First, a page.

I Want to Take You Higher (4/12/69) #38 US, #24 RB
Sly & The Family Stone
“As a late 60s metaphor for hope, the only thing that topped Sly Stone's multi-ethnic, mixed-gender band was the music it produced” (Tyrangiel/ Light). “Stand! is the pinnacle of Sly & the Family Stone's early work, a record that represents a culmination of the group's musical vision and accomplishment. Life hinted at this record's boundless enthusiasm and blurred stylistic boundaries, yet everything simply gels here, resulting in no separation between the astounding funk, effervescent irresistible melodies, psychedelicized guitars, and deep rhythms” (Erlewine).
“Add to this a sharpened sense of pop songcraft, elastic band interplay, and a flowering of Sly's social conscious, and the result is utterly stunning. Yes, the jams (Don't Call Me Nigger, Whitey, Sex Machine) wind up meandering ever so slightly, but they're surrounded by utter brilliance, from the rousing call to arms of Stand to the unification anthem Everyday People to the unstoppable I Want to Take You Higher” (Erlewine), both of which “were utopian anthems propelled by Larry Graham’s slap bass” (Tyrangiel/ Light). “Don't Call Me Nigger, Whitey proved that Sly wasn't (yet) blind to contemporary reality” (Tyrangiel/ Light).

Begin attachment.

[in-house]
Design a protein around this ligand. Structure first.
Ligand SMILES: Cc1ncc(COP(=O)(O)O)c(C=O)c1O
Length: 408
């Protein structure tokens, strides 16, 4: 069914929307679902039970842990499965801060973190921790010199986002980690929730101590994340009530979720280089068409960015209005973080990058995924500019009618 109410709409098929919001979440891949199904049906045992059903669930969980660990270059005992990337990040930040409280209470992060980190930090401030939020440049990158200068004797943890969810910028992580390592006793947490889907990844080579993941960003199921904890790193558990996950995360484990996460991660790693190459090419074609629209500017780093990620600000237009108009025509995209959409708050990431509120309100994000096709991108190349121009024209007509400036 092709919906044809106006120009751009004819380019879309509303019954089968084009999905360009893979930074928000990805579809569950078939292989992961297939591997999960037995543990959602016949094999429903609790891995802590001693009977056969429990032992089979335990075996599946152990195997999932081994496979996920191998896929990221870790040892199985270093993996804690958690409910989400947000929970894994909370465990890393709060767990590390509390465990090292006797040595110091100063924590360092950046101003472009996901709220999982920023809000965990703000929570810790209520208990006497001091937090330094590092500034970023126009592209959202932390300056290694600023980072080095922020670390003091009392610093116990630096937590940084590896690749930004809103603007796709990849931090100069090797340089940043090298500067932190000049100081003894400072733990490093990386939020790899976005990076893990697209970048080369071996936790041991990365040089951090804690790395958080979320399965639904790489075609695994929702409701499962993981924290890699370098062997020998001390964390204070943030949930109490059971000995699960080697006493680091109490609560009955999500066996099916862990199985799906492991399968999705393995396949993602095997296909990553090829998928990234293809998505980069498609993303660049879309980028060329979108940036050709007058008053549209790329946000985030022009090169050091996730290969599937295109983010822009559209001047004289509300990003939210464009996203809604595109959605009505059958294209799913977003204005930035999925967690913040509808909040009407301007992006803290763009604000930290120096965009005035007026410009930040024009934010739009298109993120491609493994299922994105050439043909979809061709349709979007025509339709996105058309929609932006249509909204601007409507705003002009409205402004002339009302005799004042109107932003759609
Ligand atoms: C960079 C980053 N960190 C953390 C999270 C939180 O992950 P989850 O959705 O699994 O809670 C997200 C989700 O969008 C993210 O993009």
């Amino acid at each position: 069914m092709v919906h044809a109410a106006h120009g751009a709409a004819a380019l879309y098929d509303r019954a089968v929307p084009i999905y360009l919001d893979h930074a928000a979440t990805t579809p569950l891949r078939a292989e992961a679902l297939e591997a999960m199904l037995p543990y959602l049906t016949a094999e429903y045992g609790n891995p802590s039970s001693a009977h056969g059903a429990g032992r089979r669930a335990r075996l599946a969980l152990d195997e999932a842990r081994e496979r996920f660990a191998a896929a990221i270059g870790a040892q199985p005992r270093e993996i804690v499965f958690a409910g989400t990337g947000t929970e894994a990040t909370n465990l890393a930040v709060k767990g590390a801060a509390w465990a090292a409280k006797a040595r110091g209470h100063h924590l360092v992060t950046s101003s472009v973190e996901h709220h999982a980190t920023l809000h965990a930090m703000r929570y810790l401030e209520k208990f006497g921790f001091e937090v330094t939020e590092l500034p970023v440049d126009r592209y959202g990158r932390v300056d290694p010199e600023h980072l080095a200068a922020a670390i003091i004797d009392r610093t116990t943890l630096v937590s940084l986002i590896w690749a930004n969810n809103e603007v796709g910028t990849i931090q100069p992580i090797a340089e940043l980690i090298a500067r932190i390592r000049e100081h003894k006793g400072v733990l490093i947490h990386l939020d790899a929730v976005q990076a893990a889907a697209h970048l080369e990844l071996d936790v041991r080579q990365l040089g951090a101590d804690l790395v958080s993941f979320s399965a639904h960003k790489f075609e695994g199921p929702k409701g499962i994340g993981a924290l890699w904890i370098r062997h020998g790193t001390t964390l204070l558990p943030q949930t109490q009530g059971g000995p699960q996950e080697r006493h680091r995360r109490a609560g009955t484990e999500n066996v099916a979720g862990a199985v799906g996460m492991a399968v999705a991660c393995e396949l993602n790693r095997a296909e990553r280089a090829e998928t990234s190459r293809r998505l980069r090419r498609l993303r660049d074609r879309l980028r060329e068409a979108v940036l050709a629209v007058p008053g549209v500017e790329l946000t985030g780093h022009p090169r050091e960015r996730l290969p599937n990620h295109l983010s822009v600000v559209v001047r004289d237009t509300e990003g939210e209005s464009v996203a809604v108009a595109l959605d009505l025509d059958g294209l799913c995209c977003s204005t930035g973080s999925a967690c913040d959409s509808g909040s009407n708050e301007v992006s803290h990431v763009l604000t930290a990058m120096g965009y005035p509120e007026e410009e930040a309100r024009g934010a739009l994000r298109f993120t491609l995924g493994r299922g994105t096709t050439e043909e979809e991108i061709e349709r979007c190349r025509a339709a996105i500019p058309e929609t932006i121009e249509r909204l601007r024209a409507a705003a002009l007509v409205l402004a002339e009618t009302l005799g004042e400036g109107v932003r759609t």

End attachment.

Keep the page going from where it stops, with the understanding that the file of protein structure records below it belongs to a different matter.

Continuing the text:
“All of it sounds like the Family Stone, thanks not just to the communal lead vocals but to the brilliant interplay, but each track is distinct, emphasizing a different side of their musical personality” (Erlewine). “The lyrics are rarely simplistic, the singing never less than spectacular, and each track has such an abundance of rhythm that standing still isn't a possibility” (Tyrangiel/ Light). As a result, Stand! winds up infectious and informative, invigorating and thought-provoking – stimulating in every sense of the word. Few records of its time touched it, and Sly topped it only by offering its opposite the next time out” (Erlewine).